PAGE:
Utah

Utah day care, parents settle toddler's bean bag chair death

A Utah day care center where a toddler suffocated under a bean bag chair when a worker sat on it has reached a settlement with the parents and been cleared of criminal charges, but must undergo monthly inspections by state regulators who found three violations.

A careful review of surveillance footage of the Sept. 8 incident confirmed the initial belief by police that the worker didn't realize Leonardo Sanchez, almost 2, was under the bean bag when she sat down, said West Jordan Police Sgt. Joe Monson. Salt Lake County prosecutors reviewed the evidence and determined no charges were warranted, he said.

"It was just a very tragic accident," Monson said.

State regulators, though, found three rules violations while reviewing the footage of that day that has put the center on a closer watch. The ratio of caregivers to children was inadequate with two workers looking over 17 children — including eight 2-year-olds, found a report by the Utah Department of Health's child care licensing division. That shortfall meant insufficient supervision of children, creating the second violation. The toddler who died was out of sight of any caregiver for 20 minutes, causing the third violation.

Inspectors will make unannounced monthly inspections of the center for at least one year as a result of the findings, said Health Department spokesman Tom Hudachko. The center must also submit a plan for how they'll remedy the problems.

The center had two other violations dating back to 2012 according to records of past yearly inspections. In 2015, the center staff was cited for not having direct supervision of the children at all times when several children were outside on a patio unsupervised as they moved from inside to outside, records show. The other violation was for a gap too big in the fence.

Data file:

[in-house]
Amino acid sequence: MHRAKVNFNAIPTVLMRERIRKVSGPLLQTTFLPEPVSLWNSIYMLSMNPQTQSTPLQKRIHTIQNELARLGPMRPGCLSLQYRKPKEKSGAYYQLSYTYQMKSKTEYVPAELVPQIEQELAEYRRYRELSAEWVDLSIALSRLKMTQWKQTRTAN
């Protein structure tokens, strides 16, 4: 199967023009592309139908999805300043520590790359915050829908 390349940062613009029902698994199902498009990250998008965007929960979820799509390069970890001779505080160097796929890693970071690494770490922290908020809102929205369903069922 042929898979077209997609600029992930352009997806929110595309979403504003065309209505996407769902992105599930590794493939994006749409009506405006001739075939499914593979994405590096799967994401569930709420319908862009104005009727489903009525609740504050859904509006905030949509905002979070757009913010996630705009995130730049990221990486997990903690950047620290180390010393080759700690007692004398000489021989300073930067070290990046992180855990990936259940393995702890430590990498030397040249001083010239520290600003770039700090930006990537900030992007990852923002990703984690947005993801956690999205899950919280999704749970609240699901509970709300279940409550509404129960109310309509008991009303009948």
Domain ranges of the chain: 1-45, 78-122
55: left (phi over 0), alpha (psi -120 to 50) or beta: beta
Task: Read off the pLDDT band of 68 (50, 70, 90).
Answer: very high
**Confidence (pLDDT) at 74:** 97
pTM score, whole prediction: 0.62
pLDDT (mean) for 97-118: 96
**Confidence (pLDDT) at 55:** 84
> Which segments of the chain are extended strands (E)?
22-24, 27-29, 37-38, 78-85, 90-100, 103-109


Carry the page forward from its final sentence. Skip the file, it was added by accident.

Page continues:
Terms of the monetary settlement finalized this week between the dead boy's parents and the West Jordan Child Center were not disclosed by attorneys, but both sides concur it was a tragic accident and nothing intentional.

"They are a good outfit," said attorney Jessica Andrew, representing the parents. "This wasn't a case of somebody malicious or somebody super sloppy."

She said the parents hold no ill will toward the worker, and hope to communicate that sentiment to her at some point.

"They're doing as well as you can imagine," Andrew said. "This is everybody's worst nightmare."

Greg Sanders, the center's attorney, said the worker who sat on the bean bag no longer works there. He said the center is committed to making sure it doesn't happen again and complying with the state's monthly inspections.

"They have been and continue to be distraught about what happened," Sanders said.